Volume 20, Number 40 | The Newspaper of Lower Manhattan | February 16 - 23, 2011
No left turns on Albany Street, says the D.O.T.
BY Aline Reynolds
Left-hand turns on Albany Street will not be an option for drivers until 2013, at the earliest, according to the New York State Department of Transportation.
The prospect of adding a left-hand turn — which was never legal but unofficially accepted by drivers and even the city — will be reassessed in 2013, according to Joseph Brown, the Route 9a project director of the state D.O.T.
The announcement didn’t sit well with members of the Community Board 1 Financial District Committee. Committee chair Ro Sheffe stressed the need for an east-west thoroughfare in the neighborhood.
“For ten years, we’ve had no east-west thoroughfare across the Financial District — it’s a zig-zag path no matter where you go,” said Sheffe. “There must be some sort of eastbound access into that area. This is a critical issue for us.”
Drivers have to make convoluted loops in the area to get to their destination, echoed committee member Michael Ketring. The only options drivers have at the moment is to make a right turn onto the southbound side of Liberty Street, cross through Battery Park City, and come out onto Albany Street; or, alternatively, make a U-turn at Battery Place.
Committee member Catherine McVay Hughes noted that out-of-towners driving to and from nearby hotels are in need of the left-hand turn. “No matter what,” she said, “taking that left-hand turn has less impact on the community, and on air quality issues as well.”
Brown said the committee could possibly get to work on an Environmental Impact Study to prove a more timely need for the left turn on Albany Street, but they would first need approval from New York City agencies to proceed with the study.
Brown also noted that Vesey, Fulton and Liberty streets will be closed for construction later this year and won’t reopen in time to provide access to the World Trade Center by the tenth anniversary of 9/11. The D.O.T., however, said it will ensure access to the National September 11th Memorial when it opens in the fall, principally via West Street.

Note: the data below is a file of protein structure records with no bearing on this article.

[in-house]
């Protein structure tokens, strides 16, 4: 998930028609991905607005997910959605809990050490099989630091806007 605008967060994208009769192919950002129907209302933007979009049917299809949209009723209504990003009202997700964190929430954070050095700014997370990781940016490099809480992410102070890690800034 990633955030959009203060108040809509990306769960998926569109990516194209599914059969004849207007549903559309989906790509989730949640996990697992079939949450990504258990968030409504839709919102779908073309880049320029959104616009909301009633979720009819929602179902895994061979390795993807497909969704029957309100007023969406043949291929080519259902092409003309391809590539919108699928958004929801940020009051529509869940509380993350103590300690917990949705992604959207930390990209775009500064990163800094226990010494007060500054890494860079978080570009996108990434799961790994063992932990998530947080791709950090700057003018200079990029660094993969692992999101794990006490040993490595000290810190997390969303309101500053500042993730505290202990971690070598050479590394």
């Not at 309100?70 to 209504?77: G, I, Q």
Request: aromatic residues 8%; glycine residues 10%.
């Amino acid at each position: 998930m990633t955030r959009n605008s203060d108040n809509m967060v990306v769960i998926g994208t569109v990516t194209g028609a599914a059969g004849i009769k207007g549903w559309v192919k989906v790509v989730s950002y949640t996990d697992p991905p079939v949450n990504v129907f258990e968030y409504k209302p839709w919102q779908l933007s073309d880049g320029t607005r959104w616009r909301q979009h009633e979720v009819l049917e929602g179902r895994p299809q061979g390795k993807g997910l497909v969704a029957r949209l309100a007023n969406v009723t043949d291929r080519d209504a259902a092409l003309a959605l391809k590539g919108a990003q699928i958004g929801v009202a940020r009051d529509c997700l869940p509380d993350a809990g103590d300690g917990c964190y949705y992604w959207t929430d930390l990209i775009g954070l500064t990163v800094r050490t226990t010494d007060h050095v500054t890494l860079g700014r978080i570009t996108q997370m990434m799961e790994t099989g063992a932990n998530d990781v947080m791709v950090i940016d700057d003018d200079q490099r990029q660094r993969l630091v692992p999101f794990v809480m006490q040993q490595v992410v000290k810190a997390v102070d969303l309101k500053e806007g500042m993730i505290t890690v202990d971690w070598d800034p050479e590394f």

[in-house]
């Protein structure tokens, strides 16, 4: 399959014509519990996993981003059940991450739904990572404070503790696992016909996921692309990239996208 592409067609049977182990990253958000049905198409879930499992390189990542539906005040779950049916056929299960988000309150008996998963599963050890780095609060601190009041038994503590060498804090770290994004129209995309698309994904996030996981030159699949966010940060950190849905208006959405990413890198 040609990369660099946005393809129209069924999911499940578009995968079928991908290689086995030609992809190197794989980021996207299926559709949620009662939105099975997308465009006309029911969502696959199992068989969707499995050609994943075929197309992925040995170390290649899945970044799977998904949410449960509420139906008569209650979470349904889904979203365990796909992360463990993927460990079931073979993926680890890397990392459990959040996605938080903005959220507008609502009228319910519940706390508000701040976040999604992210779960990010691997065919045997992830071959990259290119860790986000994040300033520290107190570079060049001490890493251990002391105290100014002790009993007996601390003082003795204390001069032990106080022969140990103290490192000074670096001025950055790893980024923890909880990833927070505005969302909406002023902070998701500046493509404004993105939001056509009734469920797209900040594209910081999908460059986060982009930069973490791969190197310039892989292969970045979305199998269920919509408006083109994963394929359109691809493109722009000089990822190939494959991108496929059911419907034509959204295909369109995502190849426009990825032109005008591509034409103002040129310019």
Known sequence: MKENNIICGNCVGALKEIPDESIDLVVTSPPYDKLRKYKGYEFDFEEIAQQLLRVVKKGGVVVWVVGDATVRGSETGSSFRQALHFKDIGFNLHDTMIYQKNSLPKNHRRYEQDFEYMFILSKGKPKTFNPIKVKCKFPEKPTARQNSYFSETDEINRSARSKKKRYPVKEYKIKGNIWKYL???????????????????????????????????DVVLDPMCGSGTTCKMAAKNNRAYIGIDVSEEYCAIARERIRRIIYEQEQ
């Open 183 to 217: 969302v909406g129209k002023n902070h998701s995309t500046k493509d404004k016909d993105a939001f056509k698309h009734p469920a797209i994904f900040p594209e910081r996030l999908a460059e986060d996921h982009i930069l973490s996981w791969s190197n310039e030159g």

“There will be temporary access on Route 9a for a period of time until construction of the streets has progressed,” said Brown.
The Route 9a project, which includes refurbishments to the frontages of the World Financial Center, will continue through 2014. Work on the area in front of W.F.C. 1 will be completed by the fall.
The final product will be a continuous boulevard stretching from Battery Place to 59th Street. The future W.F.C., meanwhile, will have medians, plantings, bikeways and walkways.
“We’re able to accomplish our plan to complete the project by 2014 while allowing the World Trade Center to continue to occupy Route 9a right away,” said Lisa Weiss, urban design director of the Route 9a project.
The Seaport-Civic Center Committee, also held last week, voted in favor of several street fairs Downtown, including the Chabad of Wall Street Civic Community Fair in May; the NYC Business Expo in May; and the Tribeca Community fair in June.
Loretta Thomas, however, complained about the fairs that take place along Murray Street, where she lives.
“It’s completely disgusting,” said Thomas. “There’s smoke and garbage from them all day long.” Traffic along the street has also been a “nightmare” lately, she said, now that parts of Chamber and Vesey streets are blocked off for construction.
“We’ve debated this issue hours upon hours,” responded Sheffe. The community board is “treading a fine line” in evaluating the street fairs, since “it’s a beneficial — and sometimes, the only — source of revenue for many individuals and organizations, including nonprofits.
“If we get rid of them,” said Sheffe, “they go away forever.”
Joseph Giovanni, president of Mardi Gras productions, which promotes the fairs, said there is a strong possibility the ones now on Murray Street be relocated to Warren Street for the next year or two.
One of the hurdles in selecting locations for the fairs, Sheffe explained, is that they can only occupy certain streets, per city regulations — ones that are under construction or have entrances to parking garages, for example, are ineligible.
Downtown Alliance President Elizabeth Berger said in a statement, “We reinstate our position that we continue to oppose weekday street fairs on major streets with, or adjacent to, construction.”
Toward the end of the meeting, Sheffe asked the committee members to come up with appropriate locales and guidelines for new greenmarkets and newsstands in Downtown. Giovanni said that his company was going to try to encourage the participation of greenmarkets in future multi-block fairs in the neighborhood.